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Euro in Freefall as European Monetary Union Faces Collapse

Currencies / Euro Mar 07, 2009 - 05:26 PM GMT

By: Money_and_Markets

Currencies

Diamond Rated - Best Financial Markets Analysis ArticleBryan Rich writes: The biggest victim of the global housing and credit bubble may be the euro — the single currency of 16 European nations. Having just celebrated its 10th birthday in a free-fall, the euro is being exposed for all of its structural weaknesses.

The euro is managed with a common monetary policy. But a fractured fiscal and political structure has left it without a full toolbox to fight hard times. And this chink in the armor is threatening to make the euro's life-span short.


The EU just celebrated its 10th birthday. But with the euro taking a header, there's not much for members to cheer about.
The EU just celebrated its 10th birthday. But with the euro taking a header, there's not much for members to cheer about.

The U.S., China, the UK, Japan, and Australia have made aggressive, downward adjustments in interest rates. Some have boosted their money supply to fight the economic crisis and have formulated specific fiscal stimulus plans to inject growth into their economies.

Meanwhile, members of the European Union's monetary system (the single currency) are left frozen in a rigid, inflexible and arguably faulty regime.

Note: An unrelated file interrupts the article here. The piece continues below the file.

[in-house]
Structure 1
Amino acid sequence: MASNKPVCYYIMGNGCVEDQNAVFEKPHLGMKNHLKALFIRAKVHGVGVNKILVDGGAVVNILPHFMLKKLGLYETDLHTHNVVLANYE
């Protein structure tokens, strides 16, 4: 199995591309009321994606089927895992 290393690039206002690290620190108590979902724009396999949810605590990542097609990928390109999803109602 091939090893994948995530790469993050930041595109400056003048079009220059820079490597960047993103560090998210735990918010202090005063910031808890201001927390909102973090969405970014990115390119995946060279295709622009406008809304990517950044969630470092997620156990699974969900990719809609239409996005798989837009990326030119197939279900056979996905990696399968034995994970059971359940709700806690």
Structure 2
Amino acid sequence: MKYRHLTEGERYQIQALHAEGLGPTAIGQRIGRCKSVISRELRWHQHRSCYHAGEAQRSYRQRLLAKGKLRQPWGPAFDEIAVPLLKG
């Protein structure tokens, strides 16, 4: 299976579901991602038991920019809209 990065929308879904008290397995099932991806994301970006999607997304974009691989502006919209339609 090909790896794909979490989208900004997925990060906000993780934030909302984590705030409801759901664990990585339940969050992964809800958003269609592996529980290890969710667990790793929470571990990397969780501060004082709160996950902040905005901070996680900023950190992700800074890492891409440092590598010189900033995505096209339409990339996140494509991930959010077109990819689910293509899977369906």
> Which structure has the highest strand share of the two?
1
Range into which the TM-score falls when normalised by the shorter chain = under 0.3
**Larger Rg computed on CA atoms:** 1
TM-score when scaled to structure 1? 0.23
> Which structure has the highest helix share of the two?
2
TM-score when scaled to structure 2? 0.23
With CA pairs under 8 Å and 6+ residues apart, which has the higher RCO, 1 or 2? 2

But lack of flexibility is not even the most dangerous problem the euro member countries are facing. Even more dangerous to the euro's future existence is the death-spiraling plunge of neighboring eastern and central European “non-euro” countries.

The New Iron Curtain …

For the outliers in emerging Europe, many of whom are ex-communist economies, the impenetrable curtain is membership into the European Union's monetary system, the euro. Most importantly, membership in the common currency gives these countries refuge from speculators launching attacks on their currencies.

Exports for many emerging European countries have come to a screeching halt.
Exports for many emerging European countries have come to a screeching halt.

Keep in mind that it's hard enough for even the most powerful countries in the world to sustain through the biggest economic downturn since World War II. But economies that are highly dependent upon exports and foreign direct investment — both of which have dried up — plus debt obligations that increase in value by the day, have even more obstacles to overcome.